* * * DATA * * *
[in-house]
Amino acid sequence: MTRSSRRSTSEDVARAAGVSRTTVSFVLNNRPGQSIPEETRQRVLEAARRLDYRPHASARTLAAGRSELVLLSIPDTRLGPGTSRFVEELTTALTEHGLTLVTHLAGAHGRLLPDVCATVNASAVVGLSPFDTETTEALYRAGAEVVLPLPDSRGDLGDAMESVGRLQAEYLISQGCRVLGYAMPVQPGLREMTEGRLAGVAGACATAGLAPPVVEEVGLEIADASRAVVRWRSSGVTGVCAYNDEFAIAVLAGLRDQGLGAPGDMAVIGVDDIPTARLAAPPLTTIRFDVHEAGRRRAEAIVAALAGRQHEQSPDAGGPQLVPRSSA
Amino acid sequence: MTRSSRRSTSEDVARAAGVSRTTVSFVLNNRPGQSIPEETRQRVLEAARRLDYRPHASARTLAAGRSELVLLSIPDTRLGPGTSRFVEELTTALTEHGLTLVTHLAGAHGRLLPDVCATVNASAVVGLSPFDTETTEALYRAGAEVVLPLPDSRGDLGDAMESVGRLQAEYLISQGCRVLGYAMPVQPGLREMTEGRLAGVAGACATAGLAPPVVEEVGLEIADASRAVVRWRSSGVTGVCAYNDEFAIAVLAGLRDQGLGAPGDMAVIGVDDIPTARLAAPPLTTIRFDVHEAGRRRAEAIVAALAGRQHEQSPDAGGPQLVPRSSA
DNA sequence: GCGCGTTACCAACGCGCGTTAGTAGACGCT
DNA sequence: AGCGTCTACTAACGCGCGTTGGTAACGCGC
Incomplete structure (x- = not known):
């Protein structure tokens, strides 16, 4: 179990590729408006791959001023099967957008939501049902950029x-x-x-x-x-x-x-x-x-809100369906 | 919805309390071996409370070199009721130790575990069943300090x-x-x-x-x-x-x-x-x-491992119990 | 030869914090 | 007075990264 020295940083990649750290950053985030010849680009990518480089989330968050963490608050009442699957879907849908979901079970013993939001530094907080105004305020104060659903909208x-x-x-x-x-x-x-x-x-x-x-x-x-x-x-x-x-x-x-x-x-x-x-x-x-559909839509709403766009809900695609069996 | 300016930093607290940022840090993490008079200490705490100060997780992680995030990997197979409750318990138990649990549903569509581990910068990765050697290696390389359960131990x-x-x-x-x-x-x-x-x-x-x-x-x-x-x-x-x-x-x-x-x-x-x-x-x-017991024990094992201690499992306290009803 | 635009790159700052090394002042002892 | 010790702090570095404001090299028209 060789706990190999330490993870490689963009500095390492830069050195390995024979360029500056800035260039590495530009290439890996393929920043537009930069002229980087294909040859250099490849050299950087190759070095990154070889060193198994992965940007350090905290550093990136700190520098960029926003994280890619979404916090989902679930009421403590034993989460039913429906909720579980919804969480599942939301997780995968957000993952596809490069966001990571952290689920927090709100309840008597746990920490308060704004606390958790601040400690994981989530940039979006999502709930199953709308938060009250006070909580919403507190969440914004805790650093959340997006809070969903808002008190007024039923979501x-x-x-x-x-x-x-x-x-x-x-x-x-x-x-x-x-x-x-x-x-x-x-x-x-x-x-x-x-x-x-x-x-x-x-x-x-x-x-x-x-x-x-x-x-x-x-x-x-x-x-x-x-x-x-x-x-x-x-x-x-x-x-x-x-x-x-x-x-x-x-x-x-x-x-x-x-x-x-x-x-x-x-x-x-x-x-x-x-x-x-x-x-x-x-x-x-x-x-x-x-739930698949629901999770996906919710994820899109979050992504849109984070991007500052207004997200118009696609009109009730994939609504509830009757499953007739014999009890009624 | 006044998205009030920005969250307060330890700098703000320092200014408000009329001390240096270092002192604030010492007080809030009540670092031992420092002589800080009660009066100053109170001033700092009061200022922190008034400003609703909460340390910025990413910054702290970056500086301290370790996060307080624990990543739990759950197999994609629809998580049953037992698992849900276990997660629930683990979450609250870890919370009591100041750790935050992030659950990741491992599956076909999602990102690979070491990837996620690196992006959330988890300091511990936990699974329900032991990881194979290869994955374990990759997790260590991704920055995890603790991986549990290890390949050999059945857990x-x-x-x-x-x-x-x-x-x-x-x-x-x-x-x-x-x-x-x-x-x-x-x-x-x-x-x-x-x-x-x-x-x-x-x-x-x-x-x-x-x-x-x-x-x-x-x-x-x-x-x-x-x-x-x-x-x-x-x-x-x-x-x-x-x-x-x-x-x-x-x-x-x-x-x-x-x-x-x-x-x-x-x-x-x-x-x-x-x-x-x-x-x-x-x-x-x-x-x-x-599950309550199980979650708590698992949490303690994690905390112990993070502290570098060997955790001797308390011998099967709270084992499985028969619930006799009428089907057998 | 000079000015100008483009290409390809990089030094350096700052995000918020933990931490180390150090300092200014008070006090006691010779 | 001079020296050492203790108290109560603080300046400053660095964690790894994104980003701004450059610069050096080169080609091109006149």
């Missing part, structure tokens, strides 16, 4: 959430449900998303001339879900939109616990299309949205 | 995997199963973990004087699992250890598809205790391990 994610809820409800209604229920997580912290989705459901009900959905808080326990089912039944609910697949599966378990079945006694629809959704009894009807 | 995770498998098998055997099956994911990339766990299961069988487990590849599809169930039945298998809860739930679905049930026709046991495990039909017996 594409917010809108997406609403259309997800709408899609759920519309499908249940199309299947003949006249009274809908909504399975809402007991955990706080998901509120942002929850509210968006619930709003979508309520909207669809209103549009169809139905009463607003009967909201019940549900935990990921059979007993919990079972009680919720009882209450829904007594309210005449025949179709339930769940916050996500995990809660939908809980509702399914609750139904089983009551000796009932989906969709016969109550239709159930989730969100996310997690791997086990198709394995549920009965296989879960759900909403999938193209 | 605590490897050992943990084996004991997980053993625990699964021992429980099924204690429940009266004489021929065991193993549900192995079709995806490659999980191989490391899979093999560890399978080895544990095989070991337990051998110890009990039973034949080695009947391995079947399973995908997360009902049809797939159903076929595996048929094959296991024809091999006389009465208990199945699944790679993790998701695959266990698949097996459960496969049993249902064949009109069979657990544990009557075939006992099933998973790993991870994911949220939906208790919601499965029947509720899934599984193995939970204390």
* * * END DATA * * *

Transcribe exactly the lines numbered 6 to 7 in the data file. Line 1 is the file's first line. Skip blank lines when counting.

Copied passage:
Incomplete structure (x- = not known):
């Protein structure tokens, strides 16, 4: 179990590729408006791959001023099967957008939501049902950029x-x-x-x-x-x-x-x-x-809100369906 | 919805309390071996409370070199009721130790575990069943300090x-x-x-x-x-x-x-x-x-491992119990 | 030869914090 | 007075990264 020295940083990649750290950053985030010849680009990518480089989330968050963490608050009442699957879907849908979901079970013993939001530094907080105004305020104060659903909208x-x-x-x-x-x-x-x-x-x-x-x-x-x-x-x-x-x-x-x-x-x-x-x-x-559909839509709403766009809900695609069996 | 300016930093607290940022840090993490008079200490705490100060997780992680995030990997197979409750318990138990649990549903569509581990910068990765050697290696390389359960131990x-x-x-x-x-x-x-x-x-x-x-x-x-x-x-x-x-x-x-x-x-x-x-x-x-017991024990094992201690499992306290009803 | 635009790159700052090394002042002892 | 010790702090570095404001090299028209 060789706990190999330490993870490689963009500095390492830069050195390995024979360029500056800035260039590495530009290439890996393929920043537009930069002229980087294909040859250099490849050299950087190759070095990154070889060193198994992965940007350090905290550093990136700190520098960029926003994280890619979404916090989902679930009421403590034993989460039913429906909720579980919804969480599942939301997780995968957000993952596809490069966001990571952290689920927090709100309840008597746990920490308060704004606390958790601040400690994981989530940039979006999502709930199953709308938060009250006070909580919403507190969440914004805790650093959340997006809070969903808002008190007024039923979501x-x-x-x-x-x-x-x-x-x-x-x-x-x-x-x-x-x-x-x-x-x-x-x-x-x-x-x-x-x-x-x-x-x-x-x-x-x-x-x-x-x-x-x-x-x-x-x-x-x-x-x-x-x-x-x-x-x-x-x-x-x-x-x-x-x-x-x-x-x-x-x-x-x-x-x-x-x-x-x-x-x-x-x-x-x-x-x-x-x-x-x-x-x-x-x-x-x-x-x-x-739930698949629901999770996906919710994820899109979050992504849109984070991007500052207004997200118009696609009109009730994939609504509830009757499953007739014999009890009624 | 006044998205009030920005969250307060330890700098703000320092200014408000009329001390240096270092002192604030010492007080809030009540670092031992420092002589800080009660009066100053109170001033700092009061200022922190008034400003609703909460340390910025990413910054702290970056500086301290370790996060307080624990990543739990759950197999994609629809998580049953037992698992849900276990997660629930683990979450609250870890919370009591100041750790935050992030659950990741491992599956076909999602990102690979070491990837996620690196992006959330988890300091511990936990699974329900032991990881194979290869994955374990990759997790260590991704920055995890603790991986549990290890390949050999059945857990x-x-x-x-x-x-x-x-x-x-x-x-x-x-x-x-x-x-x-x-x-x-x-x-x-x-x-x-x-x-x-x-x-x-x-x-x-x-x-x-x-x-x-x-x-x-x-x-x-x-x-x-x-x-x-x-x-x-x-x-x-x-x-x-x-x-x-x-x-x-x-x-x-x-x-x-x-x-x-x-x-x-x-x-x-x-x-x-x-x-x-x-x-x-x-x-x-x-x-x-x-599950309550199980979650708590698992949490303690994690905390112990993070502290570098060997955790001797308390011998099967709270084992499985028969619930006799009428089907057998 | 000079000015100008483009290409390809990089030094350096700052995000918020933990931490180390150090300092200014008070006090006691010779 | 001079020296050492203790108290109560603080300046400053660095964690790894994104980003701004450059610069050096080169080609091109006149």